Wednesday, January 05, 2011

 

Enterprise Architecture: Amorphous Blob of Human Insensitivity

A system, a diagram, a document or other artifact with no conceptual integrity often becomes an amorphous blob of human insensitivity. This also happens when an artifact grows rapidly with no refactoring. Some times too much ill-conceived or bad refactoring can turn a previously decent idea into an amorphous blob. It is sometimes facilitated by managers that use engineers as little more than interchangable parts. As a result, the software, its documentation or concepts at large has no more continuity or definition than the team has itself...



The Borgification of IT seems to occur in companies whose management team seems to recognize no shades of gray in talent or experience for non-managers and non-team leads. I'd like to think that even more than shades of gray in engineering, that there is a vertical career path that could parallel management without having to go through management. Something like an architectural path leading to Chief Architect or some such. Maybe making a move into R&D, shaping the technological agenda or making more strategic road map decision on product-line.

The Borg mindset of utter consistency almost always results in human insensitivity. Whenever artifacts include everything that recklessly has everything but the kitchen sink in it, even when it doesn't, you end up creating one. One of the more sinister practices in the creation of guides that are supposed to guide practitioners to a solution. Has anyone ever wondered why there are so many guides in problem domains such as data and security yet enterprise security and data quality in measurable terms are on the decline?

Visit the Microsoft Developer Network site (MSDN) and observe how they describe the problem domain of authentication and authorization. Did you note that the resulting API libraries are well-documented but otherwise are particularly insensitive to any conceivable user? Did you notice how problem domains where documentation are the focus are exacerbated when trying to use them from .NET, Ruby on Rails or some other modern language?

Has staff turnover, aggressive schedules and the desire for scripted changes aided in keeping things simple or simply resulted in a blob of human insensitivity? Despite what we hear, all engineers are not interchangeable. Two people can be in the industry for the same length of time and have widely different ranges or depths of experience. Is it a best practice to ignore the unique experiences of members of the team and instead strive for human insensitive homogenization?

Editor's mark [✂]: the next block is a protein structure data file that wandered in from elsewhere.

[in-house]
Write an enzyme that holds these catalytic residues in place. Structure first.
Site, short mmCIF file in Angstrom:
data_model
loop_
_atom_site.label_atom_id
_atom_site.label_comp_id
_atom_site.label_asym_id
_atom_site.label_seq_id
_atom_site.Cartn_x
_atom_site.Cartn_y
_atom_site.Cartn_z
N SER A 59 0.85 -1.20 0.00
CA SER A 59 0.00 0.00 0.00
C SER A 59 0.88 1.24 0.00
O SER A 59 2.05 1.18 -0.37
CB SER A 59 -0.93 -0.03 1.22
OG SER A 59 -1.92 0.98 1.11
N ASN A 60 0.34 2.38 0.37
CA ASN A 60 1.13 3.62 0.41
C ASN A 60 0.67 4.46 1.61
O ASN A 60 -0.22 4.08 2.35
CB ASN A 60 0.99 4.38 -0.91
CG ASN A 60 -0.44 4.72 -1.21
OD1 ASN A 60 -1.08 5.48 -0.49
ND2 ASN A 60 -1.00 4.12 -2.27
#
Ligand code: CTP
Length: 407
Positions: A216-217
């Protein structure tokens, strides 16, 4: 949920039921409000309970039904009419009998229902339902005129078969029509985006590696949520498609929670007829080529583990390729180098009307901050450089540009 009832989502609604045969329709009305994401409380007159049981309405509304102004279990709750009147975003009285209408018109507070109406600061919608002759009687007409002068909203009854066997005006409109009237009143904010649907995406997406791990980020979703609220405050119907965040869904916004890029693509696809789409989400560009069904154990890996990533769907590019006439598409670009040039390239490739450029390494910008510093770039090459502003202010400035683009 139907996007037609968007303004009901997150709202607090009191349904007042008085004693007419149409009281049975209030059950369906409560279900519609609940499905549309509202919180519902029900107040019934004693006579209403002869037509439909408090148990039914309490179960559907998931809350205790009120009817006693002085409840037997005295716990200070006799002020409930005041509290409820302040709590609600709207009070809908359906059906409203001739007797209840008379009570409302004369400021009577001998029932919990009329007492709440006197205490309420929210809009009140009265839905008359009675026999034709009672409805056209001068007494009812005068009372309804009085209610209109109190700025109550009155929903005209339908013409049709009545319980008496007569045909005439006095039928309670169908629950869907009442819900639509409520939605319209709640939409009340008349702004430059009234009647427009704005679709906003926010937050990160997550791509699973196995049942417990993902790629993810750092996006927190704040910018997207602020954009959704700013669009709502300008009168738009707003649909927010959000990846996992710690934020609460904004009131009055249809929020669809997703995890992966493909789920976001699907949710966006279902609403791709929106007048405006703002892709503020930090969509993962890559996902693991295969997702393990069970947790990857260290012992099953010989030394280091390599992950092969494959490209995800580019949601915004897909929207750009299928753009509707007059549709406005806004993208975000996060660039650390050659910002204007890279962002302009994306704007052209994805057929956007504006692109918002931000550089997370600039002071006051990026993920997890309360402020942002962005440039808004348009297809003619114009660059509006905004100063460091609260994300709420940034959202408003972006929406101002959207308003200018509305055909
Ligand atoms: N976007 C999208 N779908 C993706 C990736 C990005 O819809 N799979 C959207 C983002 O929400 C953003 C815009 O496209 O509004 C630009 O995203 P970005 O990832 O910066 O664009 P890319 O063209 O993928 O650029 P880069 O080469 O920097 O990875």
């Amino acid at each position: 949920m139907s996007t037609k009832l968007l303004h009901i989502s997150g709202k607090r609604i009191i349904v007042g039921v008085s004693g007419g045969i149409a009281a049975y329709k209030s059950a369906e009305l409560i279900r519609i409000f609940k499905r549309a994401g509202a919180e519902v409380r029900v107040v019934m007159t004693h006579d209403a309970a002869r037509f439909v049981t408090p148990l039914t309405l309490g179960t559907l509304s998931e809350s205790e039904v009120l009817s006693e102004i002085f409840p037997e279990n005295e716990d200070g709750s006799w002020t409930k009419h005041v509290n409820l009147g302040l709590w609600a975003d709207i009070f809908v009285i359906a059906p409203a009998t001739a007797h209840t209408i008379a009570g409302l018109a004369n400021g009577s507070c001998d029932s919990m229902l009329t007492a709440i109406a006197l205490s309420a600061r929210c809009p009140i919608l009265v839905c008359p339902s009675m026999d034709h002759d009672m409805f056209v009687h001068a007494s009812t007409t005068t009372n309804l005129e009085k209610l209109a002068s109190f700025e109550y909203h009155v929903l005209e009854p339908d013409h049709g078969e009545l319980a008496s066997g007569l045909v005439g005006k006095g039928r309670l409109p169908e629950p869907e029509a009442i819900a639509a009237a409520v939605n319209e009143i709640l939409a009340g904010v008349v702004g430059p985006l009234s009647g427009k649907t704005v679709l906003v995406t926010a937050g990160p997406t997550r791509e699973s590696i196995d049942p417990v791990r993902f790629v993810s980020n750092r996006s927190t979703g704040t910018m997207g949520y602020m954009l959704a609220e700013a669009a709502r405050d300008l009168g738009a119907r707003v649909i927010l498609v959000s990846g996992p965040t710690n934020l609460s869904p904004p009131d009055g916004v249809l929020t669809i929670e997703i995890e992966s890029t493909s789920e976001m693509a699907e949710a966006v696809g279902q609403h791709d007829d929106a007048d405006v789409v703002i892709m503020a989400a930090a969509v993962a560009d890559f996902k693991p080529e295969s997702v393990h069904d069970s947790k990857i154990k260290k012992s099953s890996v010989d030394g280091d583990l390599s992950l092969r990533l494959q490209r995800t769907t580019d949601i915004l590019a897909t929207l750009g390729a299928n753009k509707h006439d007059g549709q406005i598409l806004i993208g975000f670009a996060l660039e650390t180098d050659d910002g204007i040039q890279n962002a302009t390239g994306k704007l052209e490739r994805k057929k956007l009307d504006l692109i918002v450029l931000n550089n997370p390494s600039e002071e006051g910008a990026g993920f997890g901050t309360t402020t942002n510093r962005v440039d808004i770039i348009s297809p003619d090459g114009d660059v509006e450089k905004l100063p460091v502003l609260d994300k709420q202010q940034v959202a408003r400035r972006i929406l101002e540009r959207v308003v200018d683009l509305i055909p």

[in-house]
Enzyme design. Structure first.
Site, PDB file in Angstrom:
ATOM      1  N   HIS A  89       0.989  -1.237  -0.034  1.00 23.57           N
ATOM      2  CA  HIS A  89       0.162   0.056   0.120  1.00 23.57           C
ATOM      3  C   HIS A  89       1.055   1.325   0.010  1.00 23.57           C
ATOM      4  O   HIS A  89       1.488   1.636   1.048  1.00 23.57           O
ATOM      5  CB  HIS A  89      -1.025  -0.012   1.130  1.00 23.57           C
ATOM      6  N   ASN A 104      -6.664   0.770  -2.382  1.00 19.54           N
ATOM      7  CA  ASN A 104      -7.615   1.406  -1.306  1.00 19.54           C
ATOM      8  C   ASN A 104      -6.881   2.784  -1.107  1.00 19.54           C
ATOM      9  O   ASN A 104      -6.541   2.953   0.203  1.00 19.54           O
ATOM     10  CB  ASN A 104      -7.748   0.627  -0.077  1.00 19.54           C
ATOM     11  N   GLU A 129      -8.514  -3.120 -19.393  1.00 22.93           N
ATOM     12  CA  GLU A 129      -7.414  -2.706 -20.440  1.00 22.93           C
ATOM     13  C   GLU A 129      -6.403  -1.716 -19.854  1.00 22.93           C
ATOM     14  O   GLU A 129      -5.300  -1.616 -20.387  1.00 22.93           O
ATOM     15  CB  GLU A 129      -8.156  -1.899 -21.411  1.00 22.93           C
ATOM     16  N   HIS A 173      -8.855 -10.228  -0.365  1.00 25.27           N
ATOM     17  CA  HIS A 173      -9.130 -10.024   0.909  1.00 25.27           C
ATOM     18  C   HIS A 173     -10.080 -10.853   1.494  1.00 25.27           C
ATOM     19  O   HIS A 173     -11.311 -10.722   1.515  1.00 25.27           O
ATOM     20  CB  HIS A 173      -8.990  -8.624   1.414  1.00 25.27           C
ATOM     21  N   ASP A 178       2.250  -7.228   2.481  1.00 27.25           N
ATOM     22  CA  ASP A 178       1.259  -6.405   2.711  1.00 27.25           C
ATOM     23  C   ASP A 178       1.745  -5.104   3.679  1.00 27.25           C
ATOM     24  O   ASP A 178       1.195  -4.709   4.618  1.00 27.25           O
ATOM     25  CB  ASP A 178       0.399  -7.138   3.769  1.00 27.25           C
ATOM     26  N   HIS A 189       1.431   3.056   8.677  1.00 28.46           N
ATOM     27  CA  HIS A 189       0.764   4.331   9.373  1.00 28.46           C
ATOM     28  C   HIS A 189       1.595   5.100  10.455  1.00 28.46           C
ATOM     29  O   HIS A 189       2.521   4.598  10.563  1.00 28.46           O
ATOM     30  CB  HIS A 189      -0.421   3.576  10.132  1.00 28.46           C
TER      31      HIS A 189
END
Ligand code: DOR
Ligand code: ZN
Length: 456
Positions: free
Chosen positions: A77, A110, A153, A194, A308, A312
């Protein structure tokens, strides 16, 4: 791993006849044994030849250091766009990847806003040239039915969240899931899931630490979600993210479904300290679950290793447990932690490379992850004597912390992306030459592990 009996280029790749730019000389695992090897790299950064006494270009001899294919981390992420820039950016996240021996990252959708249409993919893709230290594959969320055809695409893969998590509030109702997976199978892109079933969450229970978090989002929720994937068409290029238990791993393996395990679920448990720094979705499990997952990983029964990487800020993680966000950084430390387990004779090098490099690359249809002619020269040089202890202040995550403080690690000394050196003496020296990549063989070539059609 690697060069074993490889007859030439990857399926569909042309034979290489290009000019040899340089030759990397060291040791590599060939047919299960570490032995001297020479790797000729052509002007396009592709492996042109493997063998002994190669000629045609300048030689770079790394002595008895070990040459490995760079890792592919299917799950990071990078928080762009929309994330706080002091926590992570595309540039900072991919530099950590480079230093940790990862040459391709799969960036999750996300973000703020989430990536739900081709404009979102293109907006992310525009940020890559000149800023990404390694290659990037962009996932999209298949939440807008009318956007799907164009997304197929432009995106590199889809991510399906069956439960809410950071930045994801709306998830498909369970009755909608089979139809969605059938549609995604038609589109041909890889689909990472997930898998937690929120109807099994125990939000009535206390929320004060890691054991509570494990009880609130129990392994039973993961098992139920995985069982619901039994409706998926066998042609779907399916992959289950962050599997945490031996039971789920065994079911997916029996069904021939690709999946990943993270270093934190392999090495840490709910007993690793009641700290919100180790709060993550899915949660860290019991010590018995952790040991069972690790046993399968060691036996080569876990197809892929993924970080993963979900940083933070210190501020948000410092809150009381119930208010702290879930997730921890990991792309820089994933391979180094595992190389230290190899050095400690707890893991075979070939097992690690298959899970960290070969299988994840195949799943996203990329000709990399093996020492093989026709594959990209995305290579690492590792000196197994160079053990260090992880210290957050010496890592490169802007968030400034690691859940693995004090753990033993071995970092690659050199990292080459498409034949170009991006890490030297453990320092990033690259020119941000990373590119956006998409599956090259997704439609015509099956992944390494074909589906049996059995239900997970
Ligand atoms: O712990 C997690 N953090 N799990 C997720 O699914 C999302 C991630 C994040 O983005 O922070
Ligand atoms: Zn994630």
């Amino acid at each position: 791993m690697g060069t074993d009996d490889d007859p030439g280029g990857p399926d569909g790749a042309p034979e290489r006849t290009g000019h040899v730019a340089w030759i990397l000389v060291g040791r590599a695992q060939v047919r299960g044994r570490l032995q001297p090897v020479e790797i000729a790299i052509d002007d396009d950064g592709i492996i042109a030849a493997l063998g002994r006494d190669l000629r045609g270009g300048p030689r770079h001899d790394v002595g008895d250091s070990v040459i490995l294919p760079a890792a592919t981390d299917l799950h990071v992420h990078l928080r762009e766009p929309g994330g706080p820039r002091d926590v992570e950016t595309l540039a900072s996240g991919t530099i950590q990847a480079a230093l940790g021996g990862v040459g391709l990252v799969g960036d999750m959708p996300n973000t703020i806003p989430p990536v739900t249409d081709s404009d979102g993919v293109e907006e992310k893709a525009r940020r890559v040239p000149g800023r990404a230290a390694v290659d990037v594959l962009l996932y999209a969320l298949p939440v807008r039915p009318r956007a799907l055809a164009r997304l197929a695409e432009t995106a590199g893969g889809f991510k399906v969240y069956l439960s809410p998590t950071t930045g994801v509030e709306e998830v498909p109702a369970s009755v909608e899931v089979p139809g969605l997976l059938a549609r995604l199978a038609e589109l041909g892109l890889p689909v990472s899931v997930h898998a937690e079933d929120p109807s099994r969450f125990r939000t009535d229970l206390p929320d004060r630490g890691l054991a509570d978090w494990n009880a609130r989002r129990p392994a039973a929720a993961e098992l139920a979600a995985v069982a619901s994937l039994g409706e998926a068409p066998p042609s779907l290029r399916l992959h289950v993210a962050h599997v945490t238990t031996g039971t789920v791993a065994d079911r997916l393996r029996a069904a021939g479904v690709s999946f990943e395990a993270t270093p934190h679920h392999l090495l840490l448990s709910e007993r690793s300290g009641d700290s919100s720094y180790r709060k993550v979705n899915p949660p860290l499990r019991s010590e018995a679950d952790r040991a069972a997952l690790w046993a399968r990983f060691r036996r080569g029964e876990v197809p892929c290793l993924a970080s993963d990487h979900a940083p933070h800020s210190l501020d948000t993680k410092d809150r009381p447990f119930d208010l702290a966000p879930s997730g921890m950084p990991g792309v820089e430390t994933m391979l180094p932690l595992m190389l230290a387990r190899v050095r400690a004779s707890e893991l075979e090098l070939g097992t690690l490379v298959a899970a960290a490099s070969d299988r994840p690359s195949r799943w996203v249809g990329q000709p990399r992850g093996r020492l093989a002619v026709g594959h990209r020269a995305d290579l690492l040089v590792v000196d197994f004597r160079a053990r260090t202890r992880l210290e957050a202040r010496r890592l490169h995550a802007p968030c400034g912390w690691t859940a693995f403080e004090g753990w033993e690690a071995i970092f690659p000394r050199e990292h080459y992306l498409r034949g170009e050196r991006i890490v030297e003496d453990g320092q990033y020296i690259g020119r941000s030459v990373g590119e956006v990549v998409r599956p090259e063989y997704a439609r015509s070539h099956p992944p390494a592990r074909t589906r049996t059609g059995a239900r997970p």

Let's pretend for a moment that you are a project manager within an large enterprise setting and you work for a boss that refuses to allow you to do one thing really well and instead prefers to give you multiple assignments. You face the challenge of managing two projects, both of such a high priority that you cannot assign an engineer to one of them and ignore the other. You somehow think that you are brilliant in assigning the engineer 50% to one project and 50% to the other and declare that this makes excellent use of the engineer's time. People can easily devote exactly four hours of thought per day to one project, and four hours to the other. And if there are three high-priority projects, assign the engineer 50% to project A, 50% to project B, and 50% to project C.

A real engineer will eschew such sage wisdom human insensitivity and will normally work one of the projects and ignore the other. Parallel task lines on a schedule look nice and they save you, as a manager, effort in explaining why something has not started yet, but parallelism does not get the tasks completed any sooner. Serialization is the most efficient use of resources to get the projects completed in the least amount of time. Being full time on a project is almost always better than being split - unless you're stuck or waiting on somebody else. When you're full time then the project gets your "shower thoughts". By working one to completion and then the other you finish on average ahead of when you would have with a parallel approach.




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